My friend (in another state) just got a position as a Health Room Tech at an elementary school with a large special needs population. She has ZERO healthcare experience (not even a CNA course) and is being trained on the job. She is working under the direction of a full-time RN. I was shocked to find out she is responsible for inserting/removing catheters. I asked her to verify that she wasn't just doing peri/catheter care but she said, no, the RN showed her how to insert and remove them. She admits she is in way over her head but is learning the best she can. I don't see how she is able to legally do these things. Is she working beyond her scope of practice?
Oct 19, '12
If she does not have any certification or license, she has no scope of practice to work outside of. In the school setting, the catheterization she is refering to is most likely clean intermittent catheterization of a student with spina bifida. A health room tech can be trained to perform this procedure, as can any lay person. This was mentioned in a Supreme Court case-Irving ISD vs Tatro-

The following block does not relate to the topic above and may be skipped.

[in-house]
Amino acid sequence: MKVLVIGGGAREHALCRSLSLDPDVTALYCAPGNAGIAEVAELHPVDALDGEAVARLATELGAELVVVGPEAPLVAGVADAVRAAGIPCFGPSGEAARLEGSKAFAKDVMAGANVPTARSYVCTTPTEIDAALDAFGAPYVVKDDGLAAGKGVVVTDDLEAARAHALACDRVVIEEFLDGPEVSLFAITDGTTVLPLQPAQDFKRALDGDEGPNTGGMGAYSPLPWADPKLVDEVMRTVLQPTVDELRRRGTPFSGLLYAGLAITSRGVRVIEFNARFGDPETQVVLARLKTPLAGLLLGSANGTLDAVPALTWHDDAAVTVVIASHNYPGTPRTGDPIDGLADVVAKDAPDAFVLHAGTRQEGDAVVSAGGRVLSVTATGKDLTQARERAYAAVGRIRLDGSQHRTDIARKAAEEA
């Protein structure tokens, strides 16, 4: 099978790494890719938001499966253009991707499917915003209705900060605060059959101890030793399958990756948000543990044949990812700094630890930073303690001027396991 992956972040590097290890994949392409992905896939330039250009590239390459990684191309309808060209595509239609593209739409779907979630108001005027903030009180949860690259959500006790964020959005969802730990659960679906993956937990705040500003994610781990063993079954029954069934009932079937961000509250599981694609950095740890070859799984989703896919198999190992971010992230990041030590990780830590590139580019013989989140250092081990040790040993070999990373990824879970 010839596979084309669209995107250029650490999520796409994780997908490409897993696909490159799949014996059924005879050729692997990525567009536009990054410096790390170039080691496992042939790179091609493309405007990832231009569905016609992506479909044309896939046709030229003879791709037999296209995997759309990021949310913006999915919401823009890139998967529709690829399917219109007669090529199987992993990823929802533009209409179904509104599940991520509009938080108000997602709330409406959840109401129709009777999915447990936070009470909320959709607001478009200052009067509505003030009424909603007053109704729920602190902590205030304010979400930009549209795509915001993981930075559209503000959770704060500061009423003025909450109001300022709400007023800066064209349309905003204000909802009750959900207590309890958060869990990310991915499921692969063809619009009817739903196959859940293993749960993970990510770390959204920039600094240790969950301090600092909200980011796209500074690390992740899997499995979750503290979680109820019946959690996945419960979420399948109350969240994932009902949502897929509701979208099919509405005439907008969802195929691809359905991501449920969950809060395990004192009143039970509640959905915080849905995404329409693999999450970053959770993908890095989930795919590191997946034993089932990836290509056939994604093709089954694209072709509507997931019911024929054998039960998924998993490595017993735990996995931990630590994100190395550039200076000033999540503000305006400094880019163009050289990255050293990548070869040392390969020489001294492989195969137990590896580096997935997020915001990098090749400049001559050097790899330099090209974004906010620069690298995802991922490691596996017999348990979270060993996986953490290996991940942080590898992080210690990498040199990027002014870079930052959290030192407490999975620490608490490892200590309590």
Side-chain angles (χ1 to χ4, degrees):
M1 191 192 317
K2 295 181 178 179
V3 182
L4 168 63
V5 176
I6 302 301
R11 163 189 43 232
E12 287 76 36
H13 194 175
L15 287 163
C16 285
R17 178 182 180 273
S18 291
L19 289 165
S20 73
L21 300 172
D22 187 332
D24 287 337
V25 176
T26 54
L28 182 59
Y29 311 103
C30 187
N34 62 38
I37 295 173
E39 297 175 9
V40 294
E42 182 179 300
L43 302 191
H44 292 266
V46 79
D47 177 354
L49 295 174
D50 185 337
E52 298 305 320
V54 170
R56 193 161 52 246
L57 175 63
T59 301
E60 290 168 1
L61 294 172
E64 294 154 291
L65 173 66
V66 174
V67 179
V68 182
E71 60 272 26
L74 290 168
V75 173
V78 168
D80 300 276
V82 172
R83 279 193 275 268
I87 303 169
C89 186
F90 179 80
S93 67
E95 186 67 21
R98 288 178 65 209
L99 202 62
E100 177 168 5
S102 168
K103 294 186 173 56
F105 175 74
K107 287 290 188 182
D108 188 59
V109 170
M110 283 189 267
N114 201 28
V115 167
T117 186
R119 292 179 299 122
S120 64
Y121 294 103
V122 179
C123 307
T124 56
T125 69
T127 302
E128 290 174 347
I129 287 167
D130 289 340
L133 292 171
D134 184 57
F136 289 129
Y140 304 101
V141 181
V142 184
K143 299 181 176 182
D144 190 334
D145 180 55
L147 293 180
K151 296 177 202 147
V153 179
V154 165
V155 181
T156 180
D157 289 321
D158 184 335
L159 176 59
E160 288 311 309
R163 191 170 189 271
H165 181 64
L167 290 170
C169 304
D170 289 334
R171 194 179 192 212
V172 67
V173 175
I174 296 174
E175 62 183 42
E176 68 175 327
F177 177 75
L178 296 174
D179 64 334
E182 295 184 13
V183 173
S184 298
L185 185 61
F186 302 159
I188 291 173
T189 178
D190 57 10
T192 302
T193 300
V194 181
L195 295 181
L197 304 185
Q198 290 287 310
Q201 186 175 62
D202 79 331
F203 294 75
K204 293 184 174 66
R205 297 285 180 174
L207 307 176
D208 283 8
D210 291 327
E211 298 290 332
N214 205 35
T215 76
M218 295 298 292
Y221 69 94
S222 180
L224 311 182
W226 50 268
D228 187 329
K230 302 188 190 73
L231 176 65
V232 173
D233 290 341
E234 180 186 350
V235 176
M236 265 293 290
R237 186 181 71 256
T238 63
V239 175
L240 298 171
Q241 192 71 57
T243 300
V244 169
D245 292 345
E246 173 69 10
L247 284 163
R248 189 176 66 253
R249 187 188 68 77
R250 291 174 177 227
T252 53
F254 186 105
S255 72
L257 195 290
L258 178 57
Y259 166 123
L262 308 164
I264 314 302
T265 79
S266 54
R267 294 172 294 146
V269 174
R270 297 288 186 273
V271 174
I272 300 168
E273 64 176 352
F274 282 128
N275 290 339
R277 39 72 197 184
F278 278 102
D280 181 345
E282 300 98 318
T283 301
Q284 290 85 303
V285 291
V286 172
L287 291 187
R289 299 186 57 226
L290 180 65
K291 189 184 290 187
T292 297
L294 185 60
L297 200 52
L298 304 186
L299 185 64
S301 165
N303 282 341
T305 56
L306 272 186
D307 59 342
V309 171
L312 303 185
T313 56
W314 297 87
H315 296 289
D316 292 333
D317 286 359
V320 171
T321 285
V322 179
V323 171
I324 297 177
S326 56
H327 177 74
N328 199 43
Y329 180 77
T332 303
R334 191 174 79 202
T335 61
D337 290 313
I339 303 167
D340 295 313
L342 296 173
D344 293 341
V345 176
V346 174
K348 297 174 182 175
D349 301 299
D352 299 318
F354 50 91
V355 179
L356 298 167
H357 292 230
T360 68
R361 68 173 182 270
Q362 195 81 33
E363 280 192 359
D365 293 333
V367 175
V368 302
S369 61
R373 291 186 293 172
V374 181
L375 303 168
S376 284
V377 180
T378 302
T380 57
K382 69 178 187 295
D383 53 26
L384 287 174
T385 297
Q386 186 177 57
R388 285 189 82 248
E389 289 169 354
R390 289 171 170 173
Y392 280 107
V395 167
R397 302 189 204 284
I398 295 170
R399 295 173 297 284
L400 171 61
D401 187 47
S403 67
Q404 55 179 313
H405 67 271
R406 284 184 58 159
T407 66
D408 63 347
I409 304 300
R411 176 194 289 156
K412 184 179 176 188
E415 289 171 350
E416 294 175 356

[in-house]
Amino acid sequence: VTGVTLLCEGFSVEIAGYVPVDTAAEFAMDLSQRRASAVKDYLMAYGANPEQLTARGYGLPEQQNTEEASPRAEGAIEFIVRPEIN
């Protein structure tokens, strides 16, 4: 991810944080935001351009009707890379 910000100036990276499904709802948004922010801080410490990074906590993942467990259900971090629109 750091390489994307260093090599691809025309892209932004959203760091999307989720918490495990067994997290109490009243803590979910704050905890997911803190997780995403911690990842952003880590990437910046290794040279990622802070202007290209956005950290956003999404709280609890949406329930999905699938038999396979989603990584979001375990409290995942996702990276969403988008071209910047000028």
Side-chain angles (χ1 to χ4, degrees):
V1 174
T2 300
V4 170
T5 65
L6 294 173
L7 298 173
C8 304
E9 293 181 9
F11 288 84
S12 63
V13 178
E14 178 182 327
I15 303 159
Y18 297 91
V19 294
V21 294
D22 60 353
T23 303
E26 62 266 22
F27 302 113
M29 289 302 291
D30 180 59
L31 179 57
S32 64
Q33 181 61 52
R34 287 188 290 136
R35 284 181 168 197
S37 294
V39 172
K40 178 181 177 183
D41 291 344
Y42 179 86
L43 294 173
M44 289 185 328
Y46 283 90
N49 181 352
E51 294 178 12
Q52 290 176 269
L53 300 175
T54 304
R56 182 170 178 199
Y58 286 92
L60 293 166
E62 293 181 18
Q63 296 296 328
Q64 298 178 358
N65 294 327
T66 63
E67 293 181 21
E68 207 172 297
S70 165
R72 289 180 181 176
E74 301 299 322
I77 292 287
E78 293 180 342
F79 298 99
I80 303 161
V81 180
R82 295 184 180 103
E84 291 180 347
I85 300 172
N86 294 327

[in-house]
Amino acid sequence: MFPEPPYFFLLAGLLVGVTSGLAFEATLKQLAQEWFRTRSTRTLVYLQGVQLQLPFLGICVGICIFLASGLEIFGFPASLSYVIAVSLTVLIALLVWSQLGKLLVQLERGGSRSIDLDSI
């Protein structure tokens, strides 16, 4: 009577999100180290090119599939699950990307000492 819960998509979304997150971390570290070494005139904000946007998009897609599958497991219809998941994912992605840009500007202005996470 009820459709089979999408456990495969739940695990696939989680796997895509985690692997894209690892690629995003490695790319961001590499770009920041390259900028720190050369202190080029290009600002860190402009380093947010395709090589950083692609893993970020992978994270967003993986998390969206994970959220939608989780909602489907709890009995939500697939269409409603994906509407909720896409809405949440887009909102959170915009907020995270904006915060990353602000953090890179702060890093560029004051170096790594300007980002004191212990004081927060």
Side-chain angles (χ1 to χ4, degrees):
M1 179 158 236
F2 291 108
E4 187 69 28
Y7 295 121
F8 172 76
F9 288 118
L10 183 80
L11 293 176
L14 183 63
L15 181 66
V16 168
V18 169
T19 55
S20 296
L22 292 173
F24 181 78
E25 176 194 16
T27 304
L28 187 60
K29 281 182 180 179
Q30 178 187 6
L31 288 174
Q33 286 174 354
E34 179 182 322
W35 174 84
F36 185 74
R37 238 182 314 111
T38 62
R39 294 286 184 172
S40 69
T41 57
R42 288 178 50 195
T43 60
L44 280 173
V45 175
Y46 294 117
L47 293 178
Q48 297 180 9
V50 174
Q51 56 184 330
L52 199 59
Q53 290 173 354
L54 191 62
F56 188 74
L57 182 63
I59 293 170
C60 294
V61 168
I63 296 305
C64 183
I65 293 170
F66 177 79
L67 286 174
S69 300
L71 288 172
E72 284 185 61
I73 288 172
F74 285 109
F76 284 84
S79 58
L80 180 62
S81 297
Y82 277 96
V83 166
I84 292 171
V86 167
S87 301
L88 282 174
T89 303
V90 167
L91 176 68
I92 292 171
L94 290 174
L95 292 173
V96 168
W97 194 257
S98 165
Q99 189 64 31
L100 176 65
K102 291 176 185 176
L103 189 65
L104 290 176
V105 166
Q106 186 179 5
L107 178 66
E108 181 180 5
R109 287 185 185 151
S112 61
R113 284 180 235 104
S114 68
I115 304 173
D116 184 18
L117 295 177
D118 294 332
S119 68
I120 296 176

"In accordance with accepted medical practice, clean intermittent catheterization (CIC), a procedure involving the insertion of a catheter into the urethra to drain the bladder, has been prescribed. The procedure is a simple one that may be performed in a few minutes by a layperson with less than an hour’s training. Amber’s parents, babysitter, and teenage brother are all qualified to administer CIC"
If the Nurse Practice Act in her state allows for delegation of that procedure (it varies from state to state), and she has been trained by an RN and has been checked off with documentation that she has been observed performing the procedure properly, then there is not a problem.
Oct 19, '12
I delegate this procedure to UAP (unlicensed assistive personnel). ie, educational aides. We work together for about a week and then I observe quarterly. I have a check off so that I am sure to cover all pertinent points and maintain that in my staff training file.
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